With IBM out, Oracle jumps in to buy Sun for $7.4 billion
Oracle Corp., whose lucrative corporate software business has lined its coffers with billions of dollars, on Monday snatched up Sun Microsystems Inc. for $7.4 billion in cash, pushing the total value of all acquisitions that day to $16 billion and raising hopes that U.S. companies are cranking up their acquisition engines once again.
“It has been a while since mergers and acquisitions have seen this type of activity on one day,” said Kurt Kunert, publisher of FactSet Research Systems, a financial services information company. “It’s about time for a turnaround.”
Mergers and acquisitions hit their lowest point in years during the first quarter of 2009 with the number of deals down by a third from the same period of 2008 and the value of transactions off 29%. But Monday’s announcements, led by Oracle, showed that cash-rich companies view low stock valuations as an opportunity to bargain hunt.
Companies are sensing that the nation’s economic slide may be bottoming out, so they’re jumping into deals that plug holes in their operations or expand their businesses, said Wes Walraven, the Western region mergers chief for Citigroup Inc.
That was the case with Redwood City, Calif.-based Oracle, which snapped up Sun to strengthen its portfolio of industry-strength software used by Fortune 500 companies to run everything from e-commerce websites and customer databases to human-resources and product-tracking systems.
“Oracle wants to be the Wal-Mart of the enterprise software industry,” said Brent Thill, director of software research at Citi Investment Research. Oracle Chief Executive Larry Ellison “has a vision for creating an end-to-end vendor that companies can go to for all their technology.”
Oracle said it would pay $9.50 in cash for each Sun share, more than a 40% premium over the $6.69 price that Sun closed at Friday. It’s also nearly twice what the often unprofitable Sun traded for last month, before news that IBM Corp. was considering a run on the company. IBM had offered Sun $9.40 a share. But the companies couldn’t surmount expected antitrust concerns and dickering over a final price, and the talks stalled.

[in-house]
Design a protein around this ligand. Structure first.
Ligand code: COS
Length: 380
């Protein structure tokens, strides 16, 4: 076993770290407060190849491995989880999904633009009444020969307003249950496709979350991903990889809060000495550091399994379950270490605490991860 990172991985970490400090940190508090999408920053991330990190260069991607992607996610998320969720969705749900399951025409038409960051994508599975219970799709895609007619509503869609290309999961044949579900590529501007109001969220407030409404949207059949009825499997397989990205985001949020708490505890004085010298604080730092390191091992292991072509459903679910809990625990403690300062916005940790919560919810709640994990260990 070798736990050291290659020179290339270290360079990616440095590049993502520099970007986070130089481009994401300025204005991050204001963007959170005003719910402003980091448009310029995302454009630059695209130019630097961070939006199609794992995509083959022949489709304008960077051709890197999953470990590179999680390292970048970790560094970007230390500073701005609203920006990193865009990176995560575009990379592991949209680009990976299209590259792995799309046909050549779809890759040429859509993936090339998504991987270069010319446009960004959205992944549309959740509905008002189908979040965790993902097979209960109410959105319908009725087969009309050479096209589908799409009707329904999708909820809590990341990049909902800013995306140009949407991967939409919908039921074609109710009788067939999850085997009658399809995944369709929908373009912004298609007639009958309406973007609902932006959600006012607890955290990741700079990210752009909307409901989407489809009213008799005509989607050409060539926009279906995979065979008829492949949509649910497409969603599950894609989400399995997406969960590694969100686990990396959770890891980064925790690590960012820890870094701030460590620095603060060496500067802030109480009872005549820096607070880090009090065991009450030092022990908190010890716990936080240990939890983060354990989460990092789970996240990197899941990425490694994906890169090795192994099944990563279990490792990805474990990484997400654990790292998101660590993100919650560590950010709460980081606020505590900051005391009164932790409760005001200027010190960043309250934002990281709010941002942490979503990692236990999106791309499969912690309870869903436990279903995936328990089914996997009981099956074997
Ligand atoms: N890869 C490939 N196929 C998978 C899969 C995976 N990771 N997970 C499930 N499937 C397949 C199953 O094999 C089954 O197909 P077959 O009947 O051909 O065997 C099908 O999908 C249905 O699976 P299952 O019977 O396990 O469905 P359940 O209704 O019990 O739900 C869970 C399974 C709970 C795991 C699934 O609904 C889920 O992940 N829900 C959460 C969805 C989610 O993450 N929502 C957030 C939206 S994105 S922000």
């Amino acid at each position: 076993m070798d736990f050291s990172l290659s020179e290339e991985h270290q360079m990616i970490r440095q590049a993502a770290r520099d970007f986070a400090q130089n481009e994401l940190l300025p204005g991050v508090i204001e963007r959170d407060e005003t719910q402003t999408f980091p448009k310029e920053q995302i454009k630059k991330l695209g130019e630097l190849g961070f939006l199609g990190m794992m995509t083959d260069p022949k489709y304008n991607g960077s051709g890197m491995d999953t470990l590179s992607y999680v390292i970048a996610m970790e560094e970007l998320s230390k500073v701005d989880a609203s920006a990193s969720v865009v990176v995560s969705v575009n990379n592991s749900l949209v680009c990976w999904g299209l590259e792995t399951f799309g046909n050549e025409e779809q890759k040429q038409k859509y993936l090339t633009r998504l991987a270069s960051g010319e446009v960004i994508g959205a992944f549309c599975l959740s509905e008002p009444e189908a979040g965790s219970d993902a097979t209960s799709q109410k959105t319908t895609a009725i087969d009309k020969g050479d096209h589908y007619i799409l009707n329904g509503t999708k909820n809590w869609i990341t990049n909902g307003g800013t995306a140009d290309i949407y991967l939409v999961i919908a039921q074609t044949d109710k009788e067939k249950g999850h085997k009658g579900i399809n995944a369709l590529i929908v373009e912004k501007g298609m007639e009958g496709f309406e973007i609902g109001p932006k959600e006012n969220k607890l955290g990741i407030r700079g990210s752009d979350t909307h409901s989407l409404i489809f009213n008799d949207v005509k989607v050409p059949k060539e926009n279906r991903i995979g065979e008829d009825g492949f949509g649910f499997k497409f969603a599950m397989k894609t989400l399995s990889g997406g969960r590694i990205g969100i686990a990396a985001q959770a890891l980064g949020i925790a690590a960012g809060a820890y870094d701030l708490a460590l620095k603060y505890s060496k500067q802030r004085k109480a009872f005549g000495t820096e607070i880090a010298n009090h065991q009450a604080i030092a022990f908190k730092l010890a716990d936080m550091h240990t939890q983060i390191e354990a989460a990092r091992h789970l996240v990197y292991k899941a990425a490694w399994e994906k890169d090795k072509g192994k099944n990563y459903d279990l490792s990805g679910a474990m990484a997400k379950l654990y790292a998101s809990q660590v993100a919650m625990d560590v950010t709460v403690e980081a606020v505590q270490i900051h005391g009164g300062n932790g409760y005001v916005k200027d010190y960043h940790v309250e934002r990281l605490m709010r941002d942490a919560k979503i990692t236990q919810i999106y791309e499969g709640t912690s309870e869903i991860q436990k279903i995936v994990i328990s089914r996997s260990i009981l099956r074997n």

That opened a window for Ellison to swoop in and acquire Sun’s technology before it could get into the hands of IBM, his chief rival in the $15-billion database software business. Although the bulk of Sun’s revenue comes from sales of its server and storage hardware, it was Sun’s software that drew Oracle. Sun owns Solaris, an operating system that powers many large corporate servers, as well as Java, a platform that runs software applications on 4.5 billion devices, including 800 million personal computers and 2.5 billion mobile phones.
Ellison, in a conference call with reporters, called Java “the most important software Oracle has ever acquired.”
Though Oracle made no mention of its plans for Sun’s hardware business, many analysts expect Oracle to jettison that shortly after the deal is scheduled to close this summer. Potential buyers include Hewlett-Packard Co., Dell Inc., EMC Corp. and NetApp Inc., said James Staten, an analyst with Forrester Research.
Oracle estimated Sun would contribute more than $1.5 billion to its operating profit in the first year after the businesses are combined, increasing to more than $2 billion in the second year. Roger Kay, president of consulting firm Endpoint Technologies Associates, said much of that would come from a “St. Valentine’s Day massacre of Sun’s bloated payroll and other costs.”